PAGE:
- The Washington Times - Wednesday, June 13, 2018

The Department of Justice on Wednesday charged an Israeli national with providing support to the Islamic State, the first person in nearly 6 months to be accused of assisting the terrorist organization.

Waheba Issa Dais, 45, is alleged to have maintained an online library of instructions on how to make bombs, biological weapons, poisons and suicide vests for self-proclaimed members of the Islamic State, more commonly known as ISIS.

Ms. Dais used multiple social media accounts that she hacked and to provide her support, going so far to use one her pro-ISIS accounts to encourage an individual to conduct an attack in the name of the Islamic State, according to court documents. She allegedly provided the individual with detailed instructions on how to make Ricin and then suggested they dump it into a government post or water reservoirs, the government said.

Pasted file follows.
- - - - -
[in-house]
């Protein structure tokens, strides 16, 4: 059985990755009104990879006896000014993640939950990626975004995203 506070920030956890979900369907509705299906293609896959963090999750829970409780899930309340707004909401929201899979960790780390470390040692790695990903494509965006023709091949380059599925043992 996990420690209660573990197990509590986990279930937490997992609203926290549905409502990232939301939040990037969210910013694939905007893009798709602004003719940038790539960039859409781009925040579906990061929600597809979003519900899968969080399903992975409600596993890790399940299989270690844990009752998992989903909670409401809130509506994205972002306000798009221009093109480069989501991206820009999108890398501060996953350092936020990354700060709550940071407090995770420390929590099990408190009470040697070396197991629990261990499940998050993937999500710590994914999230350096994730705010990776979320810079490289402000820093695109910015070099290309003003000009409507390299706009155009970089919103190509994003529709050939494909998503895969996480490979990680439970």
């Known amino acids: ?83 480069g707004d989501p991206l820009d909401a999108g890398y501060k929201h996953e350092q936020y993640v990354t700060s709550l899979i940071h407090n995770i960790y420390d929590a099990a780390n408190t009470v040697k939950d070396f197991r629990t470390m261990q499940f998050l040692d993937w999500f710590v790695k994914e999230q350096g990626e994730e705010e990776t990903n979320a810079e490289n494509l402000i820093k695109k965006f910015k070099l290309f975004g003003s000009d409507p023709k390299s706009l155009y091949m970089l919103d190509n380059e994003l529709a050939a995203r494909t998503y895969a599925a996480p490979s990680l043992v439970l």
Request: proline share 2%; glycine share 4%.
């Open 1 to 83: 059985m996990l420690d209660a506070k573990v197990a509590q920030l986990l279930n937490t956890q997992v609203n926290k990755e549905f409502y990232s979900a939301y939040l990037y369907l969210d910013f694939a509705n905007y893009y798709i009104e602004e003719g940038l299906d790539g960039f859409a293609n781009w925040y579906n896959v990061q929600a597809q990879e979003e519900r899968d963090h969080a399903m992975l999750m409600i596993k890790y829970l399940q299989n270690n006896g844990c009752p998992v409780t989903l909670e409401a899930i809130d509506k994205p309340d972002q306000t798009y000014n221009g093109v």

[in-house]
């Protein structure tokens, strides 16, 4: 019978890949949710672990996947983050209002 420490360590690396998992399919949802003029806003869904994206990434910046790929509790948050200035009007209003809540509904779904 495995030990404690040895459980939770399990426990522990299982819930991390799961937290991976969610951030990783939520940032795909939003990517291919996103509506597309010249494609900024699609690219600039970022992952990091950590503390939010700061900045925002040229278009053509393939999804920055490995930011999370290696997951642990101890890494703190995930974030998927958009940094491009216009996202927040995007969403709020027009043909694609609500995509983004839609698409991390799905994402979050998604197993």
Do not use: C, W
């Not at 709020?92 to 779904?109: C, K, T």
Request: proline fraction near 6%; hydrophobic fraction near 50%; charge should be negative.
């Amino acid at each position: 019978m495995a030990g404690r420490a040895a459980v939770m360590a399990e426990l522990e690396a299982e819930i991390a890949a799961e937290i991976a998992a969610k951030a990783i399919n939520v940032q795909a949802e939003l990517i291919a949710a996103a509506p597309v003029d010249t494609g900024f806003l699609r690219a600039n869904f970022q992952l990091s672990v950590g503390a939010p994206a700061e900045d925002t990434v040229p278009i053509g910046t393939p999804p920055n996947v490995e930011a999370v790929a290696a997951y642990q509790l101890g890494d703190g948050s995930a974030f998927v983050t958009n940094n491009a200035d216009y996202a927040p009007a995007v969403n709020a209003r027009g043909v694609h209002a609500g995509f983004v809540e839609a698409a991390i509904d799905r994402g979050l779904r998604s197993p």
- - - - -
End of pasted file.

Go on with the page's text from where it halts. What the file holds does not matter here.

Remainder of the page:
In another post, Ms. Dais listed potential targets for bombing attacks, including street festivals and summer celebrations, according to prosecutors.

If convicted, Ms. Dais could face up to 20 years in prison and a maximum fine of $250,000.

Ms. Dais is the first person to be charged at the federal level for an Islamic State-related crime since Everitt Aaron Jameson. He was arrested on Dec. 22 and accused of plotting a Christmas Day terrorist attack at a San Francisco tourist spot.

A naturalized U.S. citizen living in Cudahy, Wisconsin, Ms. Dias is among the oldest individuals to be charged with supporting the Islamic State.

Analysis last month by The Washington Times found the average age of Islamic State defendants has increased. In 2014, the average age of an Islamic State defendant was 23.5, according to The Times’ analysis. Of the 17 charged last year, six were younger than 25, seven were older than 30 and four were older than 35.

The reason for the increase in Islamic State defendant ages is because those who provide material support typically need more financial resources. That means those charges skew towards people who are older with larger incomes.

• Jeff Mordock can be reached at jmordock@washingtontimes.com.

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